I’m A Baby Prepper

I’ve always wanted to be a Mom. Even when I wasn’t sure I wanted to get married, I knew I wanted to be a Mom. I’ve been a nanny, a kindergarten teacher, and go-to baby-whisperer for all my friends and family. But, for the first time in my life, becoming a Mom is actually a real-life possibility and not just a theoretical future. And that’s like BOOM in my brain.

Now, I feel like I’m not prepared enough, even though I’ve done loads of research (and continue to), even though I ask myself the hard questions, even though I had the best example of a Mom anyone could ask for, I feel UNPREPARED. Everyone keeps telling me “You can’t be *totally* prepared.” and even though I know that’s true, I still want to try, because, I’m a prepper y’all. I prep. You know that show “Doomsday Preppers”? I am those people. Granted, I’m worried less about the apocalypse and more about natural disasters, but either way, I’m prepped. I have the bags ready and filled with survival gear. For real.

So, I’m going to come at this Baby Prepping thing the same way I did my emergency/disaster/apocalypse prepping. I’m making a list.

Baby Prepping List

Get diet right and exercise more. I want this body in tip-top pushing a baby out of my vagina shape. Also, I want to get in the habit of better nutrition now, so it’s not such a challenge in a year or so.

RESEARCH. I need to keep researching pregnancy, birthing methods, pre-natal vitamins, pregnancy yoga, and everything else about babies and pregnancy EVER. Did you know babies can be born with a full set of TEETH? Teeth.

Find a good pediatrician. I’m all set on this one, unless my husband and I move away from Austin in which case ANARCHY AND CHAOS WILL ENSUE.

Create a birth plan A.

Create a birth plan B.

Create a birth plan C.

Create a birth plan in case labor begins during a natural disaster or apocalypse.

Create a budget for maternity clothes. Mama’s got to shop y’all.

Create a playlist for each pregnancy trimester, birthing, and each stage of child’s life.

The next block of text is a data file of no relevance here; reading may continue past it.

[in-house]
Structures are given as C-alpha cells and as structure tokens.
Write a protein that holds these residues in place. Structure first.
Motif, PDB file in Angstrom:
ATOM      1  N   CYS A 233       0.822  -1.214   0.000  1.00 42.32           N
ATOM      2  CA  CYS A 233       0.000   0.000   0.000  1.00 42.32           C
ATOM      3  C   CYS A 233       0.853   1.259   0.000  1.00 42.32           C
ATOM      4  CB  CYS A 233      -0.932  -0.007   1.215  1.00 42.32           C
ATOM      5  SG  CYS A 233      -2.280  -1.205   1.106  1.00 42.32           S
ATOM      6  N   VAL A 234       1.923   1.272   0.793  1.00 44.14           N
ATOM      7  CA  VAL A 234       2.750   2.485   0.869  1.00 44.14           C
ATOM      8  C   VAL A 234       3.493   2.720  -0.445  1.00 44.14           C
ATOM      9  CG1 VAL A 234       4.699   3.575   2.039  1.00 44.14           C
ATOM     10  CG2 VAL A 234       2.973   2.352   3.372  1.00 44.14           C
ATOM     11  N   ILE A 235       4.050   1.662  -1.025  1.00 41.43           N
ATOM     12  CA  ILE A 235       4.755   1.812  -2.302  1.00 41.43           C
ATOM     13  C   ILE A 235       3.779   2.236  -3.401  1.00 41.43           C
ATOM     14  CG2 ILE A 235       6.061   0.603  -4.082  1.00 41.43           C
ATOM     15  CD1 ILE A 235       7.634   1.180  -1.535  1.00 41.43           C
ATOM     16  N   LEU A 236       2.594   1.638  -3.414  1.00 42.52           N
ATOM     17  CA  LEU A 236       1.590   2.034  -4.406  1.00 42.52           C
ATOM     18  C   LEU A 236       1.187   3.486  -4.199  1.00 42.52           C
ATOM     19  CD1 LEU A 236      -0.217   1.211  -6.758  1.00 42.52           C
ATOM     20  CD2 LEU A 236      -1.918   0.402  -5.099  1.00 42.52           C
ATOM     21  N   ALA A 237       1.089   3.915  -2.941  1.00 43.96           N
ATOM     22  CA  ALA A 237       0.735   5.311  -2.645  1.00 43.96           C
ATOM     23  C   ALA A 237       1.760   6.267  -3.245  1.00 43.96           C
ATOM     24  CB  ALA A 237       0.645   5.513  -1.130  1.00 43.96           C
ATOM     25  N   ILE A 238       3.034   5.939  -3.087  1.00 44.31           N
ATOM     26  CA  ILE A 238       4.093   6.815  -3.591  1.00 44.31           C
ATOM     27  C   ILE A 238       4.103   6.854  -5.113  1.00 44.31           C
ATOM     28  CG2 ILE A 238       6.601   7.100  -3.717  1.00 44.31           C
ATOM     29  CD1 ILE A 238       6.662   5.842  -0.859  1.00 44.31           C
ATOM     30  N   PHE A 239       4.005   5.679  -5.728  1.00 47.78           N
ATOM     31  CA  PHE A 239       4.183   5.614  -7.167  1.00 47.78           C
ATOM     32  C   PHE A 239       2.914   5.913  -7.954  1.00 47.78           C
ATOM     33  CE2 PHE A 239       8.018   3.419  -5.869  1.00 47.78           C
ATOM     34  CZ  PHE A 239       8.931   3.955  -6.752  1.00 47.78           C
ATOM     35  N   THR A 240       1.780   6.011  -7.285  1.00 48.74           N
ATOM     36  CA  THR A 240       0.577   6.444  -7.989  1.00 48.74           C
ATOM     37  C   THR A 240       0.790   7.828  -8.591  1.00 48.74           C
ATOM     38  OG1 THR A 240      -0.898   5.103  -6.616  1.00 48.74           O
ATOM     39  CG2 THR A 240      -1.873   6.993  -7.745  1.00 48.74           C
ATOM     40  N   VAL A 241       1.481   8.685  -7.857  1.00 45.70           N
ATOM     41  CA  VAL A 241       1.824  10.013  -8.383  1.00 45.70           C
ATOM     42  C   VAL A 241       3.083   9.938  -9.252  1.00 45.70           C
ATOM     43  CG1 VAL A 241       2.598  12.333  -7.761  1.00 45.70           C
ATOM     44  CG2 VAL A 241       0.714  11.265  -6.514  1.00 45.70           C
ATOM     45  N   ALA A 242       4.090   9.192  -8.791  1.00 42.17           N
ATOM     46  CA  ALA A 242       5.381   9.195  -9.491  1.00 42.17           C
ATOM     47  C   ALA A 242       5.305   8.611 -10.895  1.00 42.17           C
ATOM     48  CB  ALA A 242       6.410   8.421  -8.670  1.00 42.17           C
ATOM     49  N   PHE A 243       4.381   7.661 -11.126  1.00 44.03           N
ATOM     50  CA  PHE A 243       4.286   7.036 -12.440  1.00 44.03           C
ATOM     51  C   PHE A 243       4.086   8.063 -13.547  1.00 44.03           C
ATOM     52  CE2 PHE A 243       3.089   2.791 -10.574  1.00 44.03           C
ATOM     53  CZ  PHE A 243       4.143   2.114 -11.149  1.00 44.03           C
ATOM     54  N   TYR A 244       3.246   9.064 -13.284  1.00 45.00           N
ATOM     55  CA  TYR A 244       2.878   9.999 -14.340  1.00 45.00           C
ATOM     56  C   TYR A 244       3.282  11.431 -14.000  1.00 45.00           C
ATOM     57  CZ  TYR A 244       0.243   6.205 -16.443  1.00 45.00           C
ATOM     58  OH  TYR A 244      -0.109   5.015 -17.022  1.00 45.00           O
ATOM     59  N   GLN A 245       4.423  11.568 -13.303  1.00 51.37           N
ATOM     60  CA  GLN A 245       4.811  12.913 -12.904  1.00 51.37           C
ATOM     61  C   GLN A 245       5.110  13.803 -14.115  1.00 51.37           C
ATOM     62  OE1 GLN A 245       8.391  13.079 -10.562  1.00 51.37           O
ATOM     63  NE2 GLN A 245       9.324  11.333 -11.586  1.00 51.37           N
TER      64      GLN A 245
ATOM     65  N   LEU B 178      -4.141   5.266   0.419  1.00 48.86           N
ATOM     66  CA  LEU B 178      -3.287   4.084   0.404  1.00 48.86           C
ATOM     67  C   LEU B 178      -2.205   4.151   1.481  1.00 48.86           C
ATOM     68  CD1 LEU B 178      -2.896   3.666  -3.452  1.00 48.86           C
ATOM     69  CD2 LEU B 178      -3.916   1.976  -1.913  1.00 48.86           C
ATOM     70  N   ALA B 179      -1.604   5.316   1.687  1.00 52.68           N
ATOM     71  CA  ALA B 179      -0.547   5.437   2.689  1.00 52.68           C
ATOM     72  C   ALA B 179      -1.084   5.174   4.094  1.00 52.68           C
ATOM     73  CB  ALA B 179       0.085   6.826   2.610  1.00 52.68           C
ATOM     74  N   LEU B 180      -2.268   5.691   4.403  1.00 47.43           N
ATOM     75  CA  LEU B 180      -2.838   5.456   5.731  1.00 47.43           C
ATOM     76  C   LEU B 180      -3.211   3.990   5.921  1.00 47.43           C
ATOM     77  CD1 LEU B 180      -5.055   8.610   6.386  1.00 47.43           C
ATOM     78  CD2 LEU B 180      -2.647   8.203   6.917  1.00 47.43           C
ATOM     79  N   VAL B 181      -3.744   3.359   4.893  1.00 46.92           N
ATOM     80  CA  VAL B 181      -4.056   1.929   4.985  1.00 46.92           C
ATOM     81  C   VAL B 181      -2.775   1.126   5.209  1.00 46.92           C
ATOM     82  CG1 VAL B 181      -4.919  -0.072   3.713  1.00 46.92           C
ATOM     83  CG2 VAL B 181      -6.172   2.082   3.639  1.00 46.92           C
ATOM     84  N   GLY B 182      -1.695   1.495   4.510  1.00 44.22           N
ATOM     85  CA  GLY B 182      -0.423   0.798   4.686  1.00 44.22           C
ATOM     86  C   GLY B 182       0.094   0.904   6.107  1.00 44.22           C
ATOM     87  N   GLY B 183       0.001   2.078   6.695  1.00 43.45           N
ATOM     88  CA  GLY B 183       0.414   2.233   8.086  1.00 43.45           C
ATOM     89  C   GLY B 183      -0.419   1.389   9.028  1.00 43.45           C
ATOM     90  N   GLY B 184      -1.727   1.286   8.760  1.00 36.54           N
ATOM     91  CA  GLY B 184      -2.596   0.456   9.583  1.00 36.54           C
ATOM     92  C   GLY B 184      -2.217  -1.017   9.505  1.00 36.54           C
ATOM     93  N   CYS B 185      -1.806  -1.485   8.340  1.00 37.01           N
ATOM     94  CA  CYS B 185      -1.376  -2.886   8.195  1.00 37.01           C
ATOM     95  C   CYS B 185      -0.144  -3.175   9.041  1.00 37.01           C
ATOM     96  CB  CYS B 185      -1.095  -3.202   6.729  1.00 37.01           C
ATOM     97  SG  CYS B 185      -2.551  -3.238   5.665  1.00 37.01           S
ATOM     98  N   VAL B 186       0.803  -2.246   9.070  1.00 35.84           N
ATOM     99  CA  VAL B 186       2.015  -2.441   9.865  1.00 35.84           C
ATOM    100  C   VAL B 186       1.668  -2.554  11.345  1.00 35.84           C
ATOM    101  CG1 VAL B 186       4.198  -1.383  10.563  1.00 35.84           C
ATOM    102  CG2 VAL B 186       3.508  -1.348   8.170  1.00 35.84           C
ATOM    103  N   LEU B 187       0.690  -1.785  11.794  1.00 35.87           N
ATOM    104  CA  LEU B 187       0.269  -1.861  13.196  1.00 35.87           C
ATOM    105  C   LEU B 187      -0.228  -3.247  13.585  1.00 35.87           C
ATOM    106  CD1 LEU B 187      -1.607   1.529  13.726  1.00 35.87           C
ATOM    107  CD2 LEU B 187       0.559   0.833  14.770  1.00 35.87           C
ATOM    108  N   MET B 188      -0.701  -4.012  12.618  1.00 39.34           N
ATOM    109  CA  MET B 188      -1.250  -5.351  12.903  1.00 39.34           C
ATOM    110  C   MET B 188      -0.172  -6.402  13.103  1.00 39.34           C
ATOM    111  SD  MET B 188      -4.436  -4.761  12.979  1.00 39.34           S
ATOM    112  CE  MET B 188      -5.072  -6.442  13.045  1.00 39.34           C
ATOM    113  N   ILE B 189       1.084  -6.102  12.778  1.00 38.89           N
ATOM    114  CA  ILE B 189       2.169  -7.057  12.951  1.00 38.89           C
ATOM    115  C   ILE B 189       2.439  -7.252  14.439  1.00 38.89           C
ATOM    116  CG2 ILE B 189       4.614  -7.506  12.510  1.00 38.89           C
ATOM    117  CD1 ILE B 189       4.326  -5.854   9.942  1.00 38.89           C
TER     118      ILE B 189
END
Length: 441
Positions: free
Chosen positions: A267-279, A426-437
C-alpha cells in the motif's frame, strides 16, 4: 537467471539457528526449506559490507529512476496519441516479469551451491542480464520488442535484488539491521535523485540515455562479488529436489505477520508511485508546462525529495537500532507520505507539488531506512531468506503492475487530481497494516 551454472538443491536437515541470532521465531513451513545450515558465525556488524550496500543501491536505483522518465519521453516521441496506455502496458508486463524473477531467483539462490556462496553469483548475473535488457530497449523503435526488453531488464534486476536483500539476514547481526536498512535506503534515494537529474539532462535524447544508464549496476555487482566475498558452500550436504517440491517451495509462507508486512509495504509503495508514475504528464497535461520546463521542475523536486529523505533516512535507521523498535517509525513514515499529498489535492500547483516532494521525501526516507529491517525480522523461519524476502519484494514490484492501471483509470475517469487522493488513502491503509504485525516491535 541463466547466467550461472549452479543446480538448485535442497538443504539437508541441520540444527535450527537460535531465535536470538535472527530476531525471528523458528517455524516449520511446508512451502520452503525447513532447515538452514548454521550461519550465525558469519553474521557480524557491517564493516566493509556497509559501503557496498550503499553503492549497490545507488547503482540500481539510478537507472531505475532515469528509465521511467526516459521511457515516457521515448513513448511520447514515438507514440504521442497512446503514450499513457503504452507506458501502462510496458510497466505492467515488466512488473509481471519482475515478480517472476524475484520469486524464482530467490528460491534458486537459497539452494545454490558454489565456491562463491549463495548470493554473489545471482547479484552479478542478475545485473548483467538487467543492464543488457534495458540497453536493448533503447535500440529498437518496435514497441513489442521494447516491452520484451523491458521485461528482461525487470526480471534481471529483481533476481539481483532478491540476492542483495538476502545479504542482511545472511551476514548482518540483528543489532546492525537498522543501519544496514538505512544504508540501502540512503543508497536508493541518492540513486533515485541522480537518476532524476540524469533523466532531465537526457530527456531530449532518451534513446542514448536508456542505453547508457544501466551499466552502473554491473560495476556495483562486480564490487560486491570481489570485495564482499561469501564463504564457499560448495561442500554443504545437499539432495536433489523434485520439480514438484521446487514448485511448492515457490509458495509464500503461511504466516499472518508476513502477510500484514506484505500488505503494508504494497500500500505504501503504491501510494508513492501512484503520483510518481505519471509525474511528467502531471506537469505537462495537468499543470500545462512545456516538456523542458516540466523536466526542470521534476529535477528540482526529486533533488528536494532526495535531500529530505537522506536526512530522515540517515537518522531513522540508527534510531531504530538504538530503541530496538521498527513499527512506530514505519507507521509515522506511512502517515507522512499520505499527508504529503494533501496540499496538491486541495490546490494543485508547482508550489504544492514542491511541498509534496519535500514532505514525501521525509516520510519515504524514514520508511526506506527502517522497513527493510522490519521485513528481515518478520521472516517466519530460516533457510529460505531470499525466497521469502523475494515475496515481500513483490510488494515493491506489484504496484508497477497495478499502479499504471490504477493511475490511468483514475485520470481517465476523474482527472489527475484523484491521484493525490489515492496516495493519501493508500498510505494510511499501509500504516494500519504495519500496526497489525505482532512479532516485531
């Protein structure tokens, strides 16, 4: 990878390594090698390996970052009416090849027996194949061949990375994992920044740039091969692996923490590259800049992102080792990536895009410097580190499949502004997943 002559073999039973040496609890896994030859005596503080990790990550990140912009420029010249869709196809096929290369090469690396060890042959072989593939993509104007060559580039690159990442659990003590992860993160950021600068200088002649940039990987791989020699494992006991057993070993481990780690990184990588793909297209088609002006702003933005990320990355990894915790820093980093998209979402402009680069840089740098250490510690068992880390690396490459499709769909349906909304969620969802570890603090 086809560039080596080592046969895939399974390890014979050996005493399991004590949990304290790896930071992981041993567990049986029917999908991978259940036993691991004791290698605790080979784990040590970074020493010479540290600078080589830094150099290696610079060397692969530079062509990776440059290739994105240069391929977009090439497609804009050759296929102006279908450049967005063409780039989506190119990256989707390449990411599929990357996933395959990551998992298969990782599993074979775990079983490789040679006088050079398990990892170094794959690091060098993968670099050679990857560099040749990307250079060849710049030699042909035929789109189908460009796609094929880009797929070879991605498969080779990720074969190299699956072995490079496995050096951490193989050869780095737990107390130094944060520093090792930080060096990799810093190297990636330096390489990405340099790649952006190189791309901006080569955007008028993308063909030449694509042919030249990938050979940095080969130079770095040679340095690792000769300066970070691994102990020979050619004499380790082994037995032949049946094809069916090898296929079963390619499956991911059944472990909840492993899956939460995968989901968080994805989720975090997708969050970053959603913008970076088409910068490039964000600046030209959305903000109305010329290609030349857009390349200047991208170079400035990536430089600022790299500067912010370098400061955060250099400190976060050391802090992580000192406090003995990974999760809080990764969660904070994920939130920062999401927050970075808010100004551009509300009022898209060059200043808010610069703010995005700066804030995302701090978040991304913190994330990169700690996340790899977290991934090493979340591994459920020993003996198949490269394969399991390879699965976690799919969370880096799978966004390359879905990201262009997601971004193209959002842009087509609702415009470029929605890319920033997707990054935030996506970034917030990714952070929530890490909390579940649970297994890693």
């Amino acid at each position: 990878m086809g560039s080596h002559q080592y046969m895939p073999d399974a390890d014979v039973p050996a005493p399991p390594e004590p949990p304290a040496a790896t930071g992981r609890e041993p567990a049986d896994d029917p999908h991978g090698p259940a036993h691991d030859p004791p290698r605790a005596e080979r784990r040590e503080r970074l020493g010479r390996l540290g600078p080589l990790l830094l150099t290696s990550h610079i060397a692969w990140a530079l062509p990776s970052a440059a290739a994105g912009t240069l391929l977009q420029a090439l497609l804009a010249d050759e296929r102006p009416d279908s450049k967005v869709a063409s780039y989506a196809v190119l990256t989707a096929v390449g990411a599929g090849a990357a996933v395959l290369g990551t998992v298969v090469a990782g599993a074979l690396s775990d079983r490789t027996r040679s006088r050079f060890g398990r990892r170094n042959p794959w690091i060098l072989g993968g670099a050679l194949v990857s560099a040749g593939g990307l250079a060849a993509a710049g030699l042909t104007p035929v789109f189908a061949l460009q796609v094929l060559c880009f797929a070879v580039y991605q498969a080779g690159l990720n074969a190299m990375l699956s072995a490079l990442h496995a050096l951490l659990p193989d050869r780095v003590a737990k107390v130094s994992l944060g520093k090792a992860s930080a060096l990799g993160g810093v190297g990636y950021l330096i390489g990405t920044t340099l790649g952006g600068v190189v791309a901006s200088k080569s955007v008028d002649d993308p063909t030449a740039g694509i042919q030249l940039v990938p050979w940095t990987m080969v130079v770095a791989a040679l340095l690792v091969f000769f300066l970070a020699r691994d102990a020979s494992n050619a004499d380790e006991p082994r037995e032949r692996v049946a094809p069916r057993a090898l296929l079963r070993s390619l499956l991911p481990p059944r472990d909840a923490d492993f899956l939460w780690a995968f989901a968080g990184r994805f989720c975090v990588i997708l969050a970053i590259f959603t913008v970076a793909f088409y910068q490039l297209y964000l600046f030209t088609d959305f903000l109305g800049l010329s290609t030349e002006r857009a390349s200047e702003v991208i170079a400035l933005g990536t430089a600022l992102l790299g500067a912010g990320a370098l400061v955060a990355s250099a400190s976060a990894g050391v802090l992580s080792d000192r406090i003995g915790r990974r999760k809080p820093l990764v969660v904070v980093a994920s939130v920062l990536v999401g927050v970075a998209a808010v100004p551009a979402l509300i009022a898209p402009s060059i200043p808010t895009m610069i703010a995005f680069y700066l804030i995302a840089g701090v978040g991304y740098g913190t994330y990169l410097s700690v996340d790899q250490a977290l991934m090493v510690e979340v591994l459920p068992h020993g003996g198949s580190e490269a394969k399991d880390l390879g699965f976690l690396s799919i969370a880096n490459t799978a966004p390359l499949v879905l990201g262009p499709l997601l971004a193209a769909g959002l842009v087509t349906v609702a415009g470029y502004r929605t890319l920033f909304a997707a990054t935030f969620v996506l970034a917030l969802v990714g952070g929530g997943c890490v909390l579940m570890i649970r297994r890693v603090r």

Test husband’s reaction time by shouting “We need to go to the hospital!” at random moments and especially in the middle of the night.

I think if I do all these things and about a million others I already have listed in an excel spreadsheet (and print-out), then I will be like the ultimate baby prepper. So, I should be ready to have a kid in like….let me crunch some numbers…..ummmm…..100 years.

What about y’all? Did you baby prep?

– Mae

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24 thoughts on “I’m A Baby Prepper

  1. No baby prepping here. I lived on a tiny gulf island with 1000 people when I had my first. “Primitive” settings strip away all the baby marketing stuff and services pretty fast. Best way to do it, in my opinion. As you’ve probably heard many people say, the pregnancy is but a blip compared to the raising of the child. Enjoy the incubation for what it is. Believe it or not, it’s your down time!

  2. You can try to prep all you want, but nothing will prepare you for what it’s really like to have your baby. And once you look into your child’s eyes for the first time, it won’t matter. My pregnancy was an “oops” and I have been winging it ever since, but I think I am doing a pretty good job. And all those little details melt away once you become a mom. You learn quickly to go with the flow, and while being organized definitely helps, you learn to roll with the punches when things don’t go as planned. I am sure that you will be a great mother and you will feel ready whenever that happens, spreadsheets or not 🙂

    • Thank you so much for this awesome and encouraging comment! I’m definitely making spreadsheets but I hope I can be a go with the flow Mom, that’s the kind of Mom I had and she’s the best!

  3. I’m the exact same way. Hubs and I are thinking about having kids within the next couple years, and damned if I’m not researching up a storm. What To Expect Before You’re Expecting? Read it. Parenting blogs and columns? Bookmarked ’em. Bottom line? I can totally relate.

    Baby Spinster will be awesomely prepared for the unexpected, though, what with his/her mamacita having an “in case of natural disaster” go-bag filled with onesies and Gerber! 🙂

  4. I’m a long while off babies but the bit of preparation I’m worried about is whether, at the time, I’m actually prepared to give up my sleep and free time and money and all other things. Basically I think I’ll never be sure I actually want the child!

    • That’s definitely something to think about! As of now, I think I’m a bit too attached to my sleep and shopping money. Hopefully I’ll feel different in a couple years. 🙂